The Apostle tells us in this chapter, 'The weapons of our warfare are not carnal, but mighty through God to the pulling down of strongholds.' What, then, is the weapon of mightiest power against all the hosts which may oppose? The reply would at once be, The Word in its life-giving and unchanging efficacy. As the warrior, going forth to the fight, girds on his sword of the finest temper, so will those to-day assume afresh 'the sword of the Spirit, which is the Word of God.' It will be delivered to each of them in this sacred service in the words of the great Apostle himself which he addressed to Timothy, as no fitter words can be found for the purpose--'Give heed unto reading, exhortation, and doctrine. Think upon the things contained in this Book. Be diligent in them, that the increase coming thereby may be manifest unto all men.' As shepherds they are to go forth, so to feed the flock with the Word, so to bring back the outcasts and to seek the lost, 'that when the Chief Shepherd shall appear they may receive the never-fading crown of glory; through Jesus Christ our Lord.'

In how many varied tongues will that Word speak over those regions of the world to which they shall be sent! in how many different dialects and shapes! Sometimes in a completed Bible; at other times in a Gospel or short Epistle; not unfrequently in verses or chapters appealing to the heart and conscience, and telling in short compass the way of salvation. Yet how precious are the fragments of the jewel! How very often are a few leaves of the tree of life made effectual for the healing of the soul's disease!

If, however, the Written Word, and even portions of it, be thus 'quick and powerful, and sharper than any two-edged sword,' God has promised a large blessing to that other weapon, the Preached Word. In the cases which we are [10/11] invited to contemplate, it will very generally precede the former. It is impossible to wait until the whole volume be translated--the whole of those Scriptures presented, which are 'able to make wise unto salvation.' The explanation of the message of life will be going on while the former process is being carried out. Many an anxious inquirer will come with the desire to know what the Great Book (as they call it) has taught us, and in simple form much of saving truth will be communicated before we have in accurate and amended shape all the 'lively oracles of God.' Nor will the preaching be with the symmetry and regularity of a finished sermon; rather will it be, as was often the case with St. Paul, the reasoning out of the Scriptures, the clearing away of the difficulties of the mind, the feeding with the sincere milk the new-born babe in Christ. After all, the secret will be to seize the opportunity--to be instant in season and out of season--to be ready in boat or tent, by lake or river, to preach Christ.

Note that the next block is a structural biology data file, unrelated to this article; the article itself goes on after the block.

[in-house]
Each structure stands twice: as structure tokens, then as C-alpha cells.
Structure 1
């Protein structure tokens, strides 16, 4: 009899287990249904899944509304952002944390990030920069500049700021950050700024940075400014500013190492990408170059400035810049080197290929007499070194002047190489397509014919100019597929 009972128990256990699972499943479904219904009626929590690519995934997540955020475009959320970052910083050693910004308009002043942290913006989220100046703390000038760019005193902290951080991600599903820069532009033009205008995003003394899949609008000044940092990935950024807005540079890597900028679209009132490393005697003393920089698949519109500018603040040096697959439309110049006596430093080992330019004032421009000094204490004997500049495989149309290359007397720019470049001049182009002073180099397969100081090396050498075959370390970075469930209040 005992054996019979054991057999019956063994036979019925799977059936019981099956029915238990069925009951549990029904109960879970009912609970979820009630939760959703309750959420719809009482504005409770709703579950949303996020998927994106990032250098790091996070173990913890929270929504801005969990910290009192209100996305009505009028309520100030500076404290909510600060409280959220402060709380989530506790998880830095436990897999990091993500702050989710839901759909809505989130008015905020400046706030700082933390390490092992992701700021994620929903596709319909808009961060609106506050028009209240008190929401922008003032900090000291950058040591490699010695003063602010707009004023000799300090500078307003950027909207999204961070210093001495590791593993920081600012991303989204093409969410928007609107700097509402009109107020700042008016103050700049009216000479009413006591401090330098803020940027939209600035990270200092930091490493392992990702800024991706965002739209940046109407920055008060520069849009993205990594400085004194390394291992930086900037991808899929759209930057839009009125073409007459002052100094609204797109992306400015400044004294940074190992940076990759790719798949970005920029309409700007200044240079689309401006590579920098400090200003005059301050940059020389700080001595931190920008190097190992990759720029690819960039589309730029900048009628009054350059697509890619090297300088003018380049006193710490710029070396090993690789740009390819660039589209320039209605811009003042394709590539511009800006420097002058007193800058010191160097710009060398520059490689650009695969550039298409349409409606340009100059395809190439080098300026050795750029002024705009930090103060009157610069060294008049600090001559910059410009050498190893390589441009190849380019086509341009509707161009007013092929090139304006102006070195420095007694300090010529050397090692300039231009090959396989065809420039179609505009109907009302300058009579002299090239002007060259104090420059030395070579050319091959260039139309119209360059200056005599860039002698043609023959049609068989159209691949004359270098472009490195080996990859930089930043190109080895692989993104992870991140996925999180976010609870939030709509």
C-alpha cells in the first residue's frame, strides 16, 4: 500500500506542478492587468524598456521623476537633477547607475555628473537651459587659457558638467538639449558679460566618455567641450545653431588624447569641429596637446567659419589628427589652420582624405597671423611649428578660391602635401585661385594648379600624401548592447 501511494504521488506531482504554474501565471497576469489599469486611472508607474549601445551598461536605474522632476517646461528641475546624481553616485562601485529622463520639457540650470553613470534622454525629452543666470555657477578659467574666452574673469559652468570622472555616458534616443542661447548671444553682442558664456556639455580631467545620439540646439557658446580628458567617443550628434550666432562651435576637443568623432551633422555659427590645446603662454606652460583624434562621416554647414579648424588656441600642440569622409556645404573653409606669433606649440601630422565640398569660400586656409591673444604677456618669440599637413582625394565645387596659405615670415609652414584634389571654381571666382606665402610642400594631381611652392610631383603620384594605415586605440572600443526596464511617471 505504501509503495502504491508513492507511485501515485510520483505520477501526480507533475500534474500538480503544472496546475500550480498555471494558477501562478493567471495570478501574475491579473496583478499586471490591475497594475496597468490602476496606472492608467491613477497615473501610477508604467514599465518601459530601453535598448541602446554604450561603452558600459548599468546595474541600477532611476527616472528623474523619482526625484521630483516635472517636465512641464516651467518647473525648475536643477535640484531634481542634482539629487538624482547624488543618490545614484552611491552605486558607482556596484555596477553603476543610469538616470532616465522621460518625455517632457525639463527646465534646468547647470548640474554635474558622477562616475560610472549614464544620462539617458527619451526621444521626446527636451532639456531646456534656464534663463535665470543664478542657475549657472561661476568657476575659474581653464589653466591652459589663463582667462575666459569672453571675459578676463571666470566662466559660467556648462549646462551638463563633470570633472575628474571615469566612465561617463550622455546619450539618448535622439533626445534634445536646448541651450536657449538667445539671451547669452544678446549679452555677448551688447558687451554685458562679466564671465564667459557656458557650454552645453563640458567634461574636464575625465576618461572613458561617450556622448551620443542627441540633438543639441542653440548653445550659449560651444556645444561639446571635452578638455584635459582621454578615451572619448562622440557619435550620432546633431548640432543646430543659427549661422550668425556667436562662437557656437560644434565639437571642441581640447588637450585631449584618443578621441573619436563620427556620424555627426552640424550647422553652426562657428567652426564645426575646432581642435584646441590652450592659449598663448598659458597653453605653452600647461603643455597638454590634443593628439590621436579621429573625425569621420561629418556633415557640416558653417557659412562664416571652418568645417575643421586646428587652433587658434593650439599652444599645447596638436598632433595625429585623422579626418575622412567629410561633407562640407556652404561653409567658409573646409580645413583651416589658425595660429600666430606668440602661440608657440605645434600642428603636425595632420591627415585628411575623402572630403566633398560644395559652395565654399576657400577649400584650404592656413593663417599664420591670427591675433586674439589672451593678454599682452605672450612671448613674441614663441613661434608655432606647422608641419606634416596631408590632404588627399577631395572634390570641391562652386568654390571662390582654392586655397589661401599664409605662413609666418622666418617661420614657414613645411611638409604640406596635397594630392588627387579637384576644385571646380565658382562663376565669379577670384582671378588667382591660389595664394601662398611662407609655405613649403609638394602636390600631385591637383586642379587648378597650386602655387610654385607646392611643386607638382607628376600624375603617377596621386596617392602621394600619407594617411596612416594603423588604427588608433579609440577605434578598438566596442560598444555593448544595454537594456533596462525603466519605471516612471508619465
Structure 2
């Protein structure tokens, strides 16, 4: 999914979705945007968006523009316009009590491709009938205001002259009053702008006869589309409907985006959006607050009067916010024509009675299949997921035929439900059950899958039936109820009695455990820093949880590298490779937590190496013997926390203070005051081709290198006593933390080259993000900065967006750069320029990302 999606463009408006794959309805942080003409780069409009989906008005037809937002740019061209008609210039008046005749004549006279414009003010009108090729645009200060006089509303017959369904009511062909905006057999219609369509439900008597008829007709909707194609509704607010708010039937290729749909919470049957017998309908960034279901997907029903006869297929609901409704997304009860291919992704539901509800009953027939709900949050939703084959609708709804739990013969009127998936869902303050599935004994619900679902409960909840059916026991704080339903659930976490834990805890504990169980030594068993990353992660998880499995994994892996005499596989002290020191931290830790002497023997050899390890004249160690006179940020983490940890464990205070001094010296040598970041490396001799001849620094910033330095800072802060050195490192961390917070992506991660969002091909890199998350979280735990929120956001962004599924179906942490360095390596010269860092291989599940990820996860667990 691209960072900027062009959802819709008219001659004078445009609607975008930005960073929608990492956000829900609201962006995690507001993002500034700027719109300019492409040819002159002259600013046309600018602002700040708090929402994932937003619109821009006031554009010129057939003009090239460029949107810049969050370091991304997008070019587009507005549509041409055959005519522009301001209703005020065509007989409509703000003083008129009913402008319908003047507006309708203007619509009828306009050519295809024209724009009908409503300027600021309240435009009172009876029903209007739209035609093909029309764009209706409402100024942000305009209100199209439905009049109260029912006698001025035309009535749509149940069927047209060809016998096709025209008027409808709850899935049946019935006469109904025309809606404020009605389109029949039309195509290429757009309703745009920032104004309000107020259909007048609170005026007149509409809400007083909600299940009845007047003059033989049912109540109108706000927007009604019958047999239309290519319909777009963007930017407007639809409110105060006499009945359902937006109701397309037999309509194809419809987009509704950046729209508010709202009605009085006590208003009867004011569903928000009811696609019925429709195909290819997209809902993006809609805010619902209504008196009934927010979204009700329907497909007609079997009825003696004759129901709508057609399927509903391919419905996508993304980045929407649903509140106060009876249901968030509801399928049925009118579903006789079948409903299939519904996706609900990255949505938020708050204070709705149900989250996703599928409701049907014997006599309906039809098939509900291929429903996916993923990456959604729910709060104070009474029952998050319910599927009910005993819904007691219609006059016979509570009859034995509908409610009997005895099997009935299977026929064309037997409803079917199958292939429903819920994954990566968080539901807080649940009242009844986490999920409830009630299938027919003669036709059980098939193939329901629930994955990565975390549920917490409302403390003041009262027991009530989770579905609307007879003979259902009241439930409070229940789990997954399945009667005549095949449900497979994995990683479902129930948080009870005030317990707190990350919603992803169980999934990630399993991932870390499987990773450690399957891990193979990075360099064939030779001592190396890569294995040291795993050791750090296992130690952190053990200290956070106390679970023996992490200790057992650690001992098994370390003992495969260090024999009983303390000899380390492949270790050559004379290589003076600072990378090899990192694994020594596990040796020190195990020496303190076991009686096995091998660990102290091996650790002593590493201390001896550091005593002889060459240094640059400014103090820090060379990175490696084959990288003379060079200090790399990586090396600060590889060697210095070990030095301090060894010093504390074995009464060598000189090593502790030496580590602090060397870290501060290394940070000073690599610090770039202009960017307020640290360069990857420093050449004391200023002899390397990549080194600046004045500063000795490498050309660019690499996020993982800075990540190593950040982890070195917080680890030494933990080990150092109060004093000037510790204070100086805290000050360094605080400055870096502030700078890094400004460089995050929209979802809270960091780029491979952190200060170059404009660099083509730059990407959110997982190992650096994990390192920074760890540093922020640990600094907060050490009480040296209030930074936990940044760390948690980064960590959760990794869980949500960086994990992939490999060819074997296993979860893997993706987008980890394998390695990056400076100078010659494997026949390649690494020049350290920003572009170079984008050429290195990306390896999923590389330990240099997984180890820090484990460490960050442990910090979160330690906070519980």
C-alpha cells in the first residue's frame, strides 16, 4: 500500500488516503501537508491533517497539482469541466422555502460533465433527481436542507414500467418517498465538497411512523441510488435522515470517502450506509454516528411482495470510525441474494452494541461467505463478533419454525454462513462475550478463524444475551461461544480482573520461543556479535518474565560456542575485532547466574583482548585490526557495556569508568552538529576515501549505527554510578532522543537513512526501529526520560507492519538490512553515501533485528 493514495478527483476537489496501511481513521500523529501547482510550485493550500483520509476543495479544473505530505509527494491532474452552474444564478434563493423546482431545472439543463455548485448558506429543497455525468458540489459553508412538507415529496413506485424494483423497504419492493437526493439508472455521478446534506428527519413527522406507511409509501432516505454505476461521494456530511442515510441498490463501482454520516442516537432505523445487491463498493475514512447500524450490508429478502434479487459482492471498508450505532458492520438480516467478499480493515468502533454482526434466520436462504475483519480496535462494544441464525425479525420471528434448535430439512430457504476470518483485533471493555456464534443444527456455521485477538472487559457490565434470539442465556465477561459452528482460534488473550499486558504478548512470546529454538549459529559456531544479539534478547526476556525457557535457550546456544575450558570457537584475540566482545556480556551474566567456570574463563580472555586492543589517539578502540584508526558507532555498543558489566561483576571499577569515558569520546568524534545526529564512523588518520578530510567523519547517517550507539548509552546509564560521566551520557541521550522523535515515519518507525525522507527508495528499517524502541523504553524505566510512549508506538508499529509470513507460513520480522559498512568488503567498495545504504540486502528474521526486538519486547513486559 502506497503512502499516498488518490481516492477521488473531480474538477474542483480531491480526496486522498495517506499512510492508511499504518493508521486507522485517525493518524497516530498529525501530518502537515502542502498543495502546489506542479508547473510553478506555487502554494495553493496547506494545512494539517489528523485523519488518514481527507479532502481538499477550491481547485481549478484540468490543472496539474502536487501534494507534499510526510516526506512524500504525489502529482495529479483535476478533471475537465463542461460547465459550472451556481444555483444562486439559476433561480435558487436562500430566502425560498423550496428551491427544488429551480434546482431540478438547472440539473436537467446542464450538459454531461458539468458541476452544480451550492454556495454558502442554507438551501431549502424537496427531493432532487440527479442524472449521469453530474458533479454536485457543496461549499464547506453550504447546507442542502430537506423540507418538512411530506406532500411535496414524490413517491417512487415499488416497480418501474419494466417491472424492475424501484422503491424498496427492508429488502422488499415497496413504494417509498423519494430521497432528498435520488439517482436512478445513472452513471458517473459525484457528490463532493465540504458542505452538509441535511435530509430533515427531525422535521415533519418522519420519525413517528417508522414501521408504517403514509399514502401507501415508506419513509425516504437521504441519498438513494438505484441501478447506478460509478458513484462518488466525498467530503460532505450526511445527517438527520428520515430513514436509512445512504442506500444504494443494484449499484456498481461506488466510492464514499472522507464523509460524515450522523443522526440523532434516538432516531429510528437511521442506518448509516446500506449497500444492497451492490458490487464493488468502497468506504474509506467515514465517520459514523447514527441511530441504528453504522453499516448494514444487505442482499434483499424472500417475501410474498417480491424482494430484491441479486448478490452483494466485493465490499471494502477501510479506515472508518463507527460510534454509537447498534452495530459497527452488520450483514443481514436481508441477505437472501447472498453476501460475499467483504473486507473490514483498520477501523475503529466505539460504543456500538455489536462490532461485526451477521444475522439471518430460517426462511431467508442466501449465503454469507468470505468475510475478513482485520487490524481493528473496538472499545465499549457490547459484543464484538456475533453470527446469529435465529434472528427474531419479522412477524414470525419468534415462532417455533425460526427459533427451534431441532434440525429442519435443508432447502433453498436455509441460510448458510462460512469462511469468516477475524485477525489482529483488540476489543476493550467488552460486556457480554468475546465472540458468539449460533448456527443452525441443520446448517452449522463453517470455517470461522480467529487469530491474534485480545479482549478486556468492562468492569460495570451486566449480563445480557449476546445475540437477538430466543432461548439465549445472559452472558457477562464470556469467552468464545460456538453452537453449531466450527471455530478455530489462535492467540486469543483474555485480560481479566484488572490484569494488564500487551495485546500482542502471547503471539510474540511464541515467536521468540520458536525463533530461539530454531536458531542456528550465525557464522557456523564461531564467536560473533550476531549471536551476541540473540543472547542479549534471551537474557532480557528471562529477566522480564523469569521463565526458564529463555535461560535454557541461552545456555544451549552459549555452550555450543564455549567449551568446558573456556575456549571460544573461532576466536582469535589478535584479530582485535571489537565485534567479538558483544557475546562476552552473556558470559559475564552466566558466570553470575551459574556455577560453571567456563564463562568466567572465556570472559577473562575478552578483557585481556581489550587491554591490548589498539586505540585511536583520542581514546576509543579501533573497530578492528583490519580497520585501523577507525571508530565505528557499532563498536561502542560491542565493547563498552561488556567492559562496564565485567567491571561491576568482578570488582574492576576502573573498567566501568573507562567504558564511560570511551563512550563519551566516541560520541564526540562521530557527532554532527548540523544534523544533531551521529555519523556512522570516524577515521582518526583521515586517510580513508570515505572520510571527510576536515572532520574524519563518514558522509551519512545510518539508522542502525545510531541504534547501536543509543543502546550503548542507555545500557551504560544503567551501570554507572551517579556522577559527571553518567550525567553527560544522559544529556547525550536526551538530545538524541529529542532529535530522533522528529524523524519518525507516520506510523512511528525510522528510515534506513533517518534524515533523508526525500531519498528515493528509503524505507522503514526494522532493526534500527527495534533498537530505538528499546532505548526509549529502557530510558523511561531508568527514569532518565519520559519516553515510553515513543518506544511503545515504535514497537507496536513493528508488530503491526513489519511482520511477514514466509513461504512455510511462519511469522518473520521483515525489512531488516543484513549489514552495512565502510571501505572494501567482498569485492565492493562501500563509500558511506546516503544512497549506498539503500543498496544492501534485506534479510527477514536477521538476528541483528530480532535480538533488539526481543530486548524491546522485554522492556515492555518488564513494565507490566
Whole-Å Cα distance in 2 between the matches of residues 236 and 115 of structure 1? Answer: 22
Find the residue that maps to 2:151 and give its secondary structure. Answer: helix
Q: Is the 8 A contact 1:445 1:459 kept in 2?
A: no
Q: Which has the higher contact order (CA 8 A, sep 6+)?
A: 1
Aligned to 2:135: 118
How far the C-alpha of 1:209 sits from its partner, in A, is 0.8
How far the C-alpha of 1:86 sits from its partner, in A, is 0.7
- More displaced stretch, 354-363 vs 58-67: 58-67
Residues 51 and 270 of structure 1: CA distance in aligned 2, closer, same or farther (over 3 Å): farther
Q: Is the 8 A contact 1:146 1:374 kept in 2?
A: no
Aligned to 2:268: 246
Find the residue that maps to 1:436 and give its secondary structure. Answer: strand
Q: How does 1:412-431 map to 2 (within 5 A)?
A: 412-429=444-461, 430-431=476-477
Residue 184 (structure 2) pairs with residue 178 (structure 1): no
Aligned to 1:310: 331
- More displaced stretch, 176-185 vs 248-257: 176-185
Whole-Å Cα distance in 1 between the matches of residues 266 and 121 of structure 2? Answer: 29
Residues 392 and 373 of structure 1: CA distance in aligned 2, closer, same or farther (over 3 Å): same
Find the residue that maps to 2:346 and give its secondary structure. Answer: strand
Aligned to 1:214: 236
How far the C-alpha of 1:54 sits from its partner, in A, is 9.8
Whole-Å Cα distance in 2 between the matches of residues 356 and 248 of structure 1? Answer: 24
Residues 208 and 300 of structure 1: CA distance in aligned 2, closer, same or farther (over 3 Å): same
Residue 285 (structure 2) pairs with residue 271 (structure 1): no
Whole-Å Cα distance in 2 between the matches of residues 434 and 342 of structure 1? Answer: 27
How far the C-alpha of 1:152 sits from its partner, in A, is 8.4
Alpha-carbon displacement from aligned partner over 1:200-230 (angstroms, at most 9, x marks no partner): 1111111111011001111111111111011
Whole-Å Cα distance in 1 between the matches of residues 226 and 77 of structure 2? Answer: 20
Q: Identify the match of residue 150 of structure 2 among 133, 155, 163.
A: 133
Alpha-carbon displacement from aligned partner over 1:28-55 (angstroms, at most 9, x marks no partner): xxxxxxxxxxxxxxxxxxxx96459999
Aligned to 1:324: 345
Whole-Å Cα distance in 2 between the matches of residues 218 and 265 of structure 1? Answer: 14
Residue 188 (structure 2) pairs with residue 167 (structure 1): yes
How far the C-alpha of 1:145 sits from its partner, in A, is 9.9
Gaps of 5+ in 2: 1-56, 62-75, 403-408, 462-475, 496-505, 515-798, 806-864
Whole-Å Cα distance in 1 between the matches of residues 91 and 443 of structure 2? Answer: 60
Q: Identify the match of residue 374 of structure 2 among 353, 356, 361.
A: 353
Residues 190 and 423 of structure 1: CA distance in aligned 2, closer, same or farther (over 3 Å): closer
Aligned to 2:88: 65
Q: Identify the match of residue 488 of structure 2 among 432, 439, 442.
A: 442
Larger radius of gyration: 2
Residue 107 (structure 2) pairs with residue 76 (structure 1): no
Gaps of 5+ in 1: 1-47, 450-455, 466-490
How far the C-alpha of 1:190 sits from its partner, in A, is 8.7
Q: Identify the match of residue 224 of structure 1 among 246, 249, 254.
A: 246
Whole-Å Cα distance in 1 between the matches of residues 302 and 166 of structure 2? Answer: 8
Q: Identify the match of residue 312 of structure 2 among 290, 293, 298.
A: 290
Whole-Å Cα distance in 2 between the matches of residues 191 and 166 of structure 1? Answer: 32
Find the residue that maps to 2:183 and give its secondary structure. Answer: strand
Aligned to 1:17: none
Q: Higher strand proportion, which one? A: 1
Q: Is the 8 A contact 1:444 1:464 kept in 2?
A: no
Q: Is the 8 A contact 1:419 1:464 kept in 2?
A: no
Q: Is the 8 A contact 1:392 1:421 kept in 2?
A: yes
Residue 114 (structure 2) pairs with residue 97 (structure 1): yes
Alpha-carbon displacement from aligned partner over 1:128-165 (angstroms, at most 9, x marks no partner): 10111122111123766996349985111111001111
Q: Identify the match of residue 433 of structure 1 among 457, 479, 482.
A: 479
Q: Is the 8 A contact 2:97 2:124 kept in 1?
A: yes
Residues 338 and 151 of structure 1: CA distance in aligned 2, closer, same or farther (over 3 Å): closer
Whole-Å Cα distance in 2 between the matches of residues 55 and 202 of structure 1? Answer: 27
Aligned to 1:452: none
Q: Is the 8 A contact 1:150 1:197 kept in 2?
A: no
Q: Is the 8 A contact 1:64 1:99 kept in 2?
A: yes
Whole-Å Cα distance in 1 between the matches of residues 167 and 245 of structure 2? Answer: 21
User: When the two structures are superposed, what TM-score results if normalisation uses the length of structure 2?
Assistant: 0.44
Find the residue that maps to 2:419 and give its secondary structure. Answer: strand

Guilty, indeed, should I be if I omitted one other weapon which must accompany the Word written or preached, without which either of them willbe of little avail; and that, as you readily imagine, is Prayer. This is the great instrument of power with God, in yearning for souls. With out Great Pattern Himself, the weapon in the wilderness in conflict with Satan was the Word--the weapon in the garden was Prayer, when 'being in an agony, He prayed more intensely.' To plead earnestly with God for the conversion of souls, and to pray much with those converted, would be the very strength of missionary and of ministerial work. 'The Christian armour,' it has been well said, 'will soon rust, except it be furbished with the oil of prayer. What the key is to the watch, prayer is to our graces--it winds them up and sets them going.